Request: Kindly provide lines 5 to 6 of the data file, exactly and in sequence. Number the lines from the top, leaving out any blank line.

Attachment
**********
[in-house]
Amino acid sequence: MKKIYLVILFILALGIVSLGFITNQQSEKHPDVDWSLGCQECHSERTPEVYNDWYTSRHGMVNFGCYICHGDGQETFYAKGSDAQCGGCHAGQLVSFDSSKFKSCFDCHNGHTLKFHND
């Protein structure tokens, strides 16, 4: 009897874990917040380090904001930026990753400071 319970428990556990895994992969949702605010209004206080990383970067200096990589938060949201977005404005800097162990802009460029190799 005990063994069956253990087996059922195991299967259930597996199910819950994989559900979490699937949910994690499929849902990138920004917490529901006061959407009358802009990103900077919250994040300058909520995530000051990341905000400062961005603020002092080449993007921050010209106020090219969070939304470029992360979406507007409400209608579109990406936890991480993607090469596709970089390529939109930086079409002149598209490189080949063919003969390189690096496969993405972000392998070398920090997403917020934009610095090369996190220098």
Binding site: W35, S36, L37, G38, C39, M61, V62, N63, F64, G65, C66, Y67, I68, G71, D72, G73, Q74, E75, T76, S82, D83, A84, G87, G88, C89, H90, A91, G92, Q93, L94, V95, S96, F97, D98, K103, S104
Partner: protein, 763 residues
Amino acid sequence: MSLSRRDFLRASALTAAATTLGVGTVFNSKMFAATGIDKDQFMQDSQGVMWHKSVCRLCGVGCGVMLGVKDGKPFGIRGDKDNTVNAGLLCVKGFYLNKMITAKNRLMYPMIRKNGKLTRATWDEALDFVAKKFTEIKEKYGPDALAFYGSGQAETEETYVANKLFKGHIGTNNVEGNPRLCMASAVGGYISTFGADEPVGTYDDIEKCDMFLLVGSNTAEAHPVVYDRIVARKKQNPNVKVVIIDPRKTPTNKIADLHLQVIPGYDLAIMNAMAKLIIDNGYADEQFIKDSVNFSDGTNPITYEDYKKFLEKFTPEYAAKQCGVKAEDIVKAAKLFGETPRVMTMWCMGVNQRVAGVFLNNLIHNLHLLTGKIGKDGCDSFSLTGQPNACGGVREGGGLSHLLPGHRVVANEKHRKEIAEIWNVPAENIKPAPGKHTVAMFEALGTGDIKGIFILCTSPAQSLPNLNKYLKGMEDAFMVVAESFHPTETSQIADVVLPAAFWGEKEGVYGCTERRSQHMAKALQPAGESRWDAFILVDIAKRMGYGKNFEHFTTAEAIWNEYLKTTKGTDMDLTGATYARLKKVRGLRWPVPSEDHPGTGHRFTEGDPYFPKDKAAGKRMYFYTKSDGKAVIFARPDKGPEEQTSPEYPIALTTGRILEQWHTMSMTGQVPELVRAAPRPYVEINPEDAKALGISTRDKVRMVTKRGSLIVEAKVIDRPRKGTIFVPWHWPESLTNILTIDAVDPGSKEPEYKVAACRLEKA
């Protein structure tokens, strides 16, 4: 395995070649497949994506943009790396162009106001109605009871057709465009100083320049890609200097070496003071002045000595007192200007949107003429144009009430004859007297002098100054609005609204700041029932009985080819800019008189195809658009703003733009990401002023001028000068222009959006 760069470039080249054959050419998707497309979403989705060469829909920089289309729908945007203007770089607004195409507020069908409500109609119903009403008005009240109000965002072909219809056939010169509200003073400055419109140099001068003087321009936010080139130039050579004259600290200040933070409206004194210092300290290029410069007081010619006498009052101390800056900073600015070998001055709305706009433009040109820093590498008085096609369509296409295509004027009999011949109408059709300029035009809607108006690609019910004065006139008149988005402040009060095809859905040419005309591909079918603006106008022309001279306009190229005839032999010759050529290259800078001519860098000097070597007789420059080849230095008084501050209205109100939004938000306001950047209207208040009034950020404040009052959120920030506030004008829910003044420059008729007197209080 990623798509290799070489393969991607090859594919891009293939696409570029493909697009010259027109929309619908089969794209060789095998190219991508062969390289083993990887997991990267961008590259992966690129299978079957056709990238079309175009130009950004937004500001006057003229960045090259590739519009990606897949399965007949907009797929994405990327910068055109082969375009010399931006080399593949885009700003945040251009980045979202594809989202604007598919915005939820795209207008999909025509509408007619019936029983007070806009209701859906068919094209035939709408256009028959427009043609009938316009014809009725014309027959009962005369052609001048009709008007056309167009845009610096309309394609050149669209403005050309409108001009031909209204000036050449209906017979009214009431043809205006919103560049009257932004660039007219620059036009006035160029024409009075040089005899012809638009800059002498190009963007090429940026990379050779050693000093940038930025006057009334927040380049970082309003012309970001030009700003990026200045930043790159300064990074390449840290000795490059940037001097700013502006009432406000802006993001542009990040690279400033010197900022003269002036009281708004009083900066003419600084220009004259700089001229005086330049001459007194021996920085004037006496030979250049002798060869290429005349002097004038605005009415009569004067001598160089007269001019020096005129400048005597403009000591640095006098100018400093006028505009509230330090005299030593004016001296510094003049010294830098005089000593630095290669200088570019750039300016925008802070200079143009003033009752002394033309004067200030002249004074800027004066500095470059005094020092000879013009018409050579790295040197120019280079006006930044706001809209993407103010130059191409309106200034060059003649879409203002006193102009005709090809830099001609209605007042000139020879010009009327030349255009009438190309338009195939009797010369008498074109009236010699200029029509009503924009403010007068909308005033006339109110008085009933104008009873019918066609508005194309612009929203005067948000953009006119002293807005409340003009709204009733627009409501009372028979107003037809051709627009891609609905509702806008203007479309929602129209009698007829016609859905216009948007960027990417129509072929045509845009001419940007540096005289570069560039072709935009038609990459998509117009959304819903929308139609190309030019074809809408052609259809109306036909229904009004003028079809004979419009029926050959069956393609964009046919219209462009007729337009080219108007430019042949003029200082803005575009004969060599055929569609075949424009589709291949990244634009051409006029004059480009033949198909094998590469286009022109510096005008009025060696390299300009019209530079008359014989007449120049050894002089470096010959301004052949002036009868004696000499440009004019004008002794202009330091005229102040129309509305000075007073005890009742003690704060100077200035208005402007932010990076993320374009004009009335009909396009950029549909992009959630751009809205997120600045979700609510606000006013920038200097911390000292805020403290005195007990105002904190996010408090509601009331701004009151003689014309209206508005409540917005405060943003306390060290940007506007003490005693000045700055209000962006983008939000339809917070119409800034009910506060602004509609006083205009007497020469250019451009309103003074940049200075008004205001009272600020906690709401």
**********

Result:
Partner: protein, 763 residues
Amino acid sequence: MSLSRRDFLRASALTAAATTLGVGTVFNSKMFAATGIDKDQFMQDSQGVMWHKSVCRLCGVGCGVMLGVKDGKPFGIRGDKDNTVNAGLLCVKGFYLNKMITAKNRLMYPMIRKNGKLTRATWDEALDFVAKKFTEIKEKYGPDALAFYGSGQAETEETYVANKLFKGHIGTNNVEGNPRLCMASAVGGYISTFGADEPVGTYDDIEKCDMFLLVGSNTAEAHPVVYDRIVARKKQNPNVKVVIIDPRKTPTNKIADLHLQVIPGYDLAIMNAMAKLIIDNGYADEQFIKDSVNFSDGTNPITYEDYKKFLEKFTPEYAAKQCGVKAEDIVKAAKLFGETPRVMTMWCMGVNQRVAGVFLNNLIHNLHLLTGKIGKDGCDSFSLTGQPNACGGVREGGGLSHLLPGHRVVANEKHRKEIAEIWNVPAENIKPAPGKHTVAMFEALGTGDIKGIFILCTSPAQSLPNLNKYLKGMEDAFMVVAESFHPTETSQIADVVLPAAFWGEKEGVYGCTERRSQHMAKALQPAGESRWDAFILVDIAKRMGYGKNFEHFTTAEAIWNEYLKTTKGTDMDLTGATYARLKKVRGLRWPVPSEDHPGTGHRFTEGDPYFPKDKAAGKRMYFYTKSDGKAVIFARPDKGPEEQTSPEYPIALTTGRILEQWHTMSMTGQVPELVRAAPRPYVEINPEDAKALGISTRDKVRMVTKRGSLIVEAKVIDRPRKGTIFVPWHWPESLTNILTIDAVDPGSKEPEYKVAACRLEKA